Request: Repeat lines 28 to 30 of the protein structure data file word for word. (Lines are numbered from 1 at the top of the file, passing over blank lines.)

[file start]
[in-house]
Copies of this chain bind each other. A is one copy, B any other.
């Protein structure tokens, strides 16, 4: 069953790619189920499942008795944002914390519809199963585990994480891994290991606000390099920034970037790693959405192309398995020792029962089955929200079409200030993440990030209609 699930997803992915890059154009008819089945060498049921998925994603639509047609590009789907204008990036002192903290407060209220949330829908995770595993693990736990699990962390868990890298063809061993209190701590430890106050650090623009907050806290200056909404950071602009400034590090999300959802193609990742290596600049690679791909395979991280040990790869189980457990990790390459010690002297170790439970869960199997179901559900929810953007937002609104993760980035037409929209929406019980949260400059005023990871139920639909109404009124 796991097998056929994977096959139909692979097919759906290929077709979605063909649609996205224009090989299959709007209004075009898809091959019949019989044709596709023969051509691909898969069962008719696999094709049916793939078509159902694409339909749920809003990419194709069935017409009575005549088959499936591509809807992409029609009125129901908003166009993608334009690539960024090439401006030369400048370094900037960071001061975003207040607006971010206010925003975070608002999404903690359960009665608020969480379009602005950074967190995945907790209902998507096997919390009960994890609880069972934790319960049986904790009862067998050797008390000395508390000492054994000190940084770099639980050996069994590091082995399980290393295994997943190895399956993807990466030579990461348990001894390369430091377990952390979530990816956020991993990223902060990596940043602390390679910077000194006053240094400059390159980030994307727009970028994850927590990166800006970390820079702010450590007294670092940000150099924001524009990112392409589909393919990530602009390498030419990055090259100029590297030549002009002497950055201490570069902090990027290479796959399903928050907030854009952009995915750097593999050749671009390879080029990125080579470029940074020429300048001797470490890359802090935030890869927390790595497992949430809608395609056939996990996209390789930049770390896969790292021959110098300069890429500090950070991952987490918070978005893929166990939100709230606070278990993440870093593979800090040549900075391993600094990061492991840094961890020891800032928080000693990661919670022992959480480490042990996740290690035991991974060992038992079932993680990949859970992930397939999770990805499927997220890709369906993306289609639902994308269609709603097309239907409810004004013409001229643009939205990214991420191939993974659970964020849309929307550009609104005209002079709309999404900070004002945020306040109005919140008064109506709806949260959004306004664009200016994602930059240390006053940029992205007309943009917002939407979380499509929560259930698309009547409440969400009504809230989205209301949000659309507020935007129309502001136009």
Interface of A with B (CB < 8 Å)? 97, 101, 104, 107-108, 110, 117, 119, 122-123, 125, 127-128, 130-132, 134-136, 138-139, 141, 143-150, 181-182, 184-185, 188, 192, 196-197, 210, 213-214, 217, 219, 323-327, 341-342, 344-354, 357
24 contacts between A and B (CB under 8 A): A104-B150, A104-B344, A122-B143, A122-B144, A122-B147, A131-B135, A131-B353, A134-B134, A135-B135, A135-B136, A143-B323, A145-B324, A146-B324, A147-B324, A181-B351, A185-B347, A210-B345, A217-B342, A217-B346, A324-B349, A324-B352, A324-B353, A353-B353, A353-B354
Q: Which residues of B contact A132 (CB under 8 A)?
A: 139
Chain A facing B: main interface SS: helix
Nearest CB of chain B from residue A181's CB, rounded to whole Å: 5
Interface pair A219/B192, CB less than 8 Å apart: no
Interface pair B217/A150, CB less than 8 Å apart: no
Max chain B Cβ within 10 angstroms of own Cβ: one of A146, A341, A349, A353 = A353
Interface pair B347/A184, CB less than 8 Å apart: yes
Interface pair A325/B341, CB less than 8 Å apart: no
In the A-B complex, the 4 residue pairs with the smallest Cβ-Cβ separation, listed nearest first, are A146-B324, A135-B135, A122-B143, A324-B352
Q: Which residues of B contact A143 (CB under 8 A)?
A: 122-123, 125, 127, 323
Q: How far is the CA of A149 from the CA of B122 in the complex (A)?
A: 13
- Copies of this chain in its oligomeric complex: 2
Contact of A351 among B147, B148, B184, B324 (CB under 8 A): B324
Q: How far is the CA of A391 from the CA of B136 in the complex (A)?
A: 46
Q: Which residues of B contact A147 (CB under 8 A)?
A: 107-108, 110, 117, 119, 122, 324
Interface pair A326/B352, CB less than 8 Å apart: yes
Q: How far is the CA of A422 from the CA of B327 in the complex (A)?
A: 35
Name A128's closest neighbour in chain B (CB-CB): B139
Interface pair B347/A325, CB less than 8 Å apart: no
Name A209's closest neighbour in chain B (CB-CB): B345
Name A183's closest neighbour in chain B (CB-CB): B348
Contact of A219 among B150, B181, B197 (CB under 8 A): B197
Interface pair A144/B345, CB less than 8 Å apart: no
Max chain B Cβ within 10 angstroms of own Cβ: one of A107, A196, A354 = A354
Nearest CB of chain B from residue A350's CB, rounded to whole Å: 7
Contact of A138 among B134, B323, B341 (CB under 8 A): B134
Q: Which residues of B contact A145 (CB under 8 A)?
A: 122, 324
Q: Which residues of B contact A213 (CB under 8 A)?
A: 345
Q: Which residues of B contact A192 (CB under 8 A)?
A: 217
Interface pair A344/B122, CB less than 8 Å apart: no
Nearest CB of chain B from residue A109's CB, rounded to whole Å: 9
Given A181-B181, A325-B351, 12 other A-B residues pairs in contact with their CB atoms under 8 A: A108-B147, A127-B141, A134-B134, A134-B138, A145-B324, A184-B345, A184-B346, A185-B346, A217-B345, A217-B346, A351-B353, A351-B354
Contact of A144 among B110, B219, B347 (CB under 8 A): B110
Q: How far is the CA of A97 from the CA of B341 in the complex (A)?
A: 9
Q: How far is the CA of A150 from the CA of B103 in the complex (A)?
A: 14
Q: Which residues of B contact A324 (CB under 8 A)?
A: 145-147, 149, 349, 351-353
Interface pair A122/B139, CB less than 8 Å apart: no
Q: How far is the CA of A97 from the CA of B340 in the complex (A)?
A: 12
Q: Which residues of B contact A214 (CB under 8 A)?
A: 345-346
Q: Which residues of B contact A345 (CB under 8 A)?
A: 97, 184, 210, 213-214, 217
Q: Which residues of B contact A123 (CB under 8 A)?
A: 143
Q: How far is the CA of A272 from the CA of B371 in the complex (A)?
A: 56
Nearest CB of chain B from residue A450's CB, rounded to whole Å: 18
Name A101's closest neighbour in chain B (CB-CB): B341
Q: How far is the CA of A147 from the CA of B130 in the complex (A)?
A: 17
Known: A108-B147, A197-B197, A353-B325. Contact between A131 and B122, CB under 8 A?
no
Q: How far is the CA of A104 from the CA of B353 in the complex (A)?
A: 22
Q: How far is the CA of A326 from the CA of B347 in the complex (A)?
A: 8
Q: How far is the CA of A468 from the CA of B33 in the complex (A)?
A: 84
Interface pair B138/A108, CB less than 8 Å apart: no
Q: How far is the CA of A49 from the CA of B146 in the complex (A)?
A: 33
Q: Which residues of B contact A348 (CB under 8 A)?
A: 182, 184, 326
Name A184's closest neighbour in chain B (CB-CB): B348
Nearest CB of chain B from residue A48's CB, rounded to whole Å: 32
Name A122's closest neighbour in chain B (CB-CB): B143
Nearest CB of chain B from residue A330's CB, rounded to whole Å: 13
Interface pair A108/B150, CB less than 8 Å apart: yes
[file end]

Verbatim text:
A: 35
Name A128's closest neighbour in chain B (CB-CB): B139
Interface pair B347/A325, CB less than 8 Å apart: no